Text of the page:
So we began a two-week SnapChat trial period. We mutually agreed upon data collection of time on phone, mood, sleep, and the reach of people she connected with. We talked through the dopamine rush that comes with getting a snap. We talked through how to discern who to add and why. Group membership was also something we made a check list for. Was it a group that was being kind? Inclusive? The test we used was the front page test… (or we could call it the Insta-Story test): If what is being said on social media is posted for all to see (or on the front page of the newspaper), would you feel ok about it? 

SnapChat and other social media platforms do connect teens. In ways that are socially normed for them. I have work hard to understand the very fine line between “talking” to someone and snapping streaks. This is to say that there is a lure in technology that is tricky to fight against. When, then, do we fight for tech-free time, tech managed time, and tech-supported time. 

Tip: Reduce the multi-tasking opportunity for teens when technology is involved. You may want some influence in their at home study space. Check in with your teen about music. Classical music with no words can be ok. Mood music, perhaps. But heavy on the words or story lines or complex rhythms can take brain power away from studying. And any ping notification is so hard to ignore if you are trying to learn math! Creating a study space at home that is as distraction free as can be is great. Put the space in common areas like the living room, rather than a teen’s room. When there is an activity that technology does NOT enhance, set parameters that doesn't ask your teen to multitask with technology.

Challenge 4. Not Enough Sleep 

Ahhhh, the relief after a good night’s sleep is magical. The AHHHHHH of a bad night’s sleep is just rotten. 

One of my favorite former students went to bed every night at 9:30. Jonas played varsity sports, took honors classes, and had a strong posse of friends that hung out. Jonas was able to be part of it all and keep his bedtime. One of the most memorable parts of Jonas was his demeanor. Jonas was consistently pleasant and upbeat. He was resilient. He bounced back from social stressors, setbacks from tests that were hard, losses on the soccer field. I cannot attribute all of these things solely to sleep. But I know that he did not compromise on sleep. 

Most teens will tell you that they are tired. They are. Teens have school, friends, relationships, athletics, theater, student government, extra curricular activities… you get it. Anyway, overscheduled and overwhelmed does not support adolescent physical or brain growth. We cannot fight biology but we can help organize teens’ time management. Structure in schedules can actually provides more freedom because no one has to think about checking off the list of things to do.

TIP: Help your teen build a daily schedule that gives them a time frame to do what they need to do. For instance, on school nights, it is important to check in about what is needed for tomorrow. If you play sports, pack your bag for practice. If you have rehearsal, review the scene so your lines are ready. If you go to bed and wake up feeling prepared for the day, the morning is less stressful. Set blocks of time for homework, practice, fun, and friends. This means using after school time well. Homework varies night to night in time. If every night there is the same amount of time scheduled, the nights when there is no homework, there is freedom!! To do whatever!! Your teen will need help establishing this schedule.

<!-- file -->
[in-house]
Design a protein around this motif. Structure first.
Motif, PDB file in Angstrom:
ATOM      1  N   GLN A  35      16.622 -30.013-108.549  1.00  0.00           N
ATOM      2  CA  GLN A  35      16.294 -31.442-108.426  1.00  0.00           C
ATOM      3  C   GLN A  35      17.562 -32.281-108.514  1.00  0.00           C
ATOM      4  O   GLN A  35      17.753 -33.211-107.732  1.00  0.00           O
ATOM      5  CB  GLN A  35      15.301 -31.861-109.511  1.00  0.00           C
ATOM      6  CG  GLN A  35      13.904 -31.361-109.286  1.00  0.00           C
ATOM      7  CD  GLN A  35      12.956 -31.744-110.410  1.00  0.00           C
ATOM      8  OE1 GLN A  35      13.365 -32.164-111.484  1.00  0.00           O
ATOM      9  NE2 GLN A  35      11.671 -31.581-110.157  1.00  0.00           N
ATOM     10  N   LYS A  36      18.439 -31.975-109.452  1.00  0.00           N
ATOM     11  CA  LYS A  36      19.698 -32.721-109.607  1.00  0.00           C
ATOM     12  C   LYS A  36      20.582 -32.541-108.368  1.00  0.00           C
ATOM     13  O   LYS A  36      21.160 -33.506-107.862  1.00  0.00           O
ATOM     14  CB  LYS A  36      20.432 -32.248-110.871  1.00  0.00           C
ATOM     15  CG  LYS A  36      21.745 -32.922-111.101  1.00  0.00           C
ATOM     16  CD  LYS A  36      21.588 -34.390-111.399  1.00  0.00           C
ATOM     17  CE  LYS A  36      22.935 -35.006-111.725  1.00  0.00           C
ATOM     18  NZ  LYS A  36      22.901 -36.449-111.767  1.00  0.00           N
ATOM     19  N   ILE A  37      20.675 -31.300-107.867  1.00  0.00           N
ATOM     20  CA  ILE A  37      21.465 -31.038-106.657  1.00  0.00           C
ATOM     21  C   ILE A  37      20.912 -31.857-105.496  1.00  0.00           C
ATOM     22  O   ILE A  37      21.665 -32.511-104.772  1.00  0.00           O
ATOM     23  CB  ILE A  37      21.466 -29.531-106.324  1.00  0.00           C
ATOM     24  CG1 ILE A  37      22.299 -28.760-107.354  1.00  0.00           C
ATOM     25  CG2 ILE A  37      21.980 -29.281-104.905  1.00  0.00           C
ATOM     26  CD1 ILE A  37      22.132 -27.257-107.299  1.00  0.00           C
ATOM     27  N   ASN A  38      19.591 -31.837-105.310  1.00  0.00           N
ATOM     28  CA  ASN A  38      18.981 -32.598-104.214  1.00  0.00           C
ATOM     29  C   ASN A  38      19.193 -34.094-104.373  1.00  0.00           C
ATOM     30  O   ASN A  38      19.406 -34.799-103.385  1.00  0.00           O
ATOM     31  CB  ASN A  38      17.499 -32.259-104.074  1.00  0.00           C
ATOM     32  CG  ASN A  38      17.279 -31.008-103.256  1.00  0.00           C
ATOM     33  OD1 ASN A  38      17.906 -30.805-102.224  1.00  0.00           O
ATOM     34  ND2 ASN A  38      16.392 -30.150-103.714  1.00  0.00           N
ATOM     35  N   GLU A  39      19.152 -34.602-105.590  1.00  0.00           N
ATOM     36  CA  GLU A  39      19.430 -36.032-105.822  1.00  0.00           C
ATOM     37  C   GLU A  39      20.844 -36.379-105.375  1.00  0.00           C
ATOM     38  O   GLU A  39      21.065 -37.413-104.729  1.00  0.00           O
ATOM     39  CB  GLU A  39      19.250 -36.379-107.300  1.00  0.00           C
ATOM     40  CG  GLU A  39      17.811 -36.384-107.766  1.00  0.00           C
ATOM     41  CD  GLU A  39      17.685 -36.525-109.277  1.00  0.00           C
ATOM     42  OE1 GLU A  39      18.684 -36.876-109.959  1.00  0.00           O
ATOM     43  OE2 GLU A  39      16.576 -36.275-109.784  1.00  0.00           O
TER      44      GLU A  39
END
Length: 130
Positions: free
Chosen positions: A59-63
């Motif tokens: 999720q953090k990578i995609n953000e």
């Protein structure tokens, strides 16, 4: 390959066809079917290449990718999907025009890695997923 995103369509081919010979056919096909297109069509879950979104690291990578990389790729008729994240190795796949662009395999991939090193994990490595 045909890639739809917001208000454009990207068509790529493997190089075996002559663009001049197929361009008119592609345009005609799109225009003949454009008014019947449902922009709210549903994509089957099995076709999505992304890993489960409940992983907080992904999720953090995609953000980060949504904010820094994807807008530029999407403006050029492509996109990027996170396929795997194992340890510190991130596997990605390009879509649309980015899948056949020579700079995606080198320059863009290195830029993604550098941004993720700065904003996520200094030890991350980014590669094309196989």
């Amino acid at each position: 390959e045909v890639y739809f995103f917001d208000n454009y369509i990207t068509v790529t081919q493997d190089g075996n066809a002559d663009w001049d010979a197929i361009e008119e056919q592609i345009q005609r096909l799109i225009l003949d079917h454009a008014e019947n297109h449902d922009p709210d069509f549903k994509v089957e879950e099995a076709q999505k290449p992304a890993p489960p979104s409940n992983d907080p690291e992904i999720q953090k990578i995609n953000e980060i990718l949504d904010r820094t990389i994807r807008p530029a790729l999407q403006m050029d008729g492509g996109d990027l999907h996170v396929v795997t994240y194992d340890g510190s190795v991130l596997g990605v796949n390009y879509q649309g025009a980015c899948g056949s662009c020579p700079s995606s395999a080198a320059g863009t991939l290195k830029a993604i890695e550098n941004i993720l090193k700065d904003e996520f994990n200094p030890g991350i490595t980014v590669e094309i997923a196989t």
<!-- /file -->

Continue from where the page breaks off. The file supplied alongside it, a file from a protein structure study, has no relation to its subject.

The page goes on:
Challenge 5. Not Getting it Right the First Time

Why do we believe that because we are doing something that we are automatically good at it? We practiced driving a car and probably have a funny story of when it didn’t work out. We practiced riding a bike, we practiced reading, cooking, singing, everything we know how to do now. We had to fall many times when we were trying to walk. And when we did fall, our parents would celebrate it. Video it, laugh, and whoop. Littles would giggle and stand up again!

Why are we so afraid of failing now? 

“I only do what I am good at” was an admission of a former student who has now graduated from West Point. I believe he has changed his tune. He had to try and get better at new skills.

Brene Brown calls trying something new a FFT (freaking first time). You can substitute the first word for a swear if it makes sense to, which I do depending on my embarrassment level. Trying new things is hard! It is messy. I love calling any new thing an FFT. I feel like the pressure is taken off me to perform perfectly. It is the first time I have tried [blank]!

If you want to get better at [blank], give yourself time to learn it.

TIP: Identify something in which you want to improve. Then schedule time to work on it in your day. Treat this organization as if it were an appointment with someone else. You can’t let them down. Don’t let yourself down. If you schedule it, practice it. Then you will build a new skill.

Next Steps:

Please ask any questions that come up for you in the comments. On Saturday, I will do my best to address the questions and comments!

Written by: Nell Dailey

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From our All-School Assembly, February 28, 2024 Written by Nell Dailey “On this rainy day in February, I want to share a story with you. So sit back, put your phones away, and give me your attention.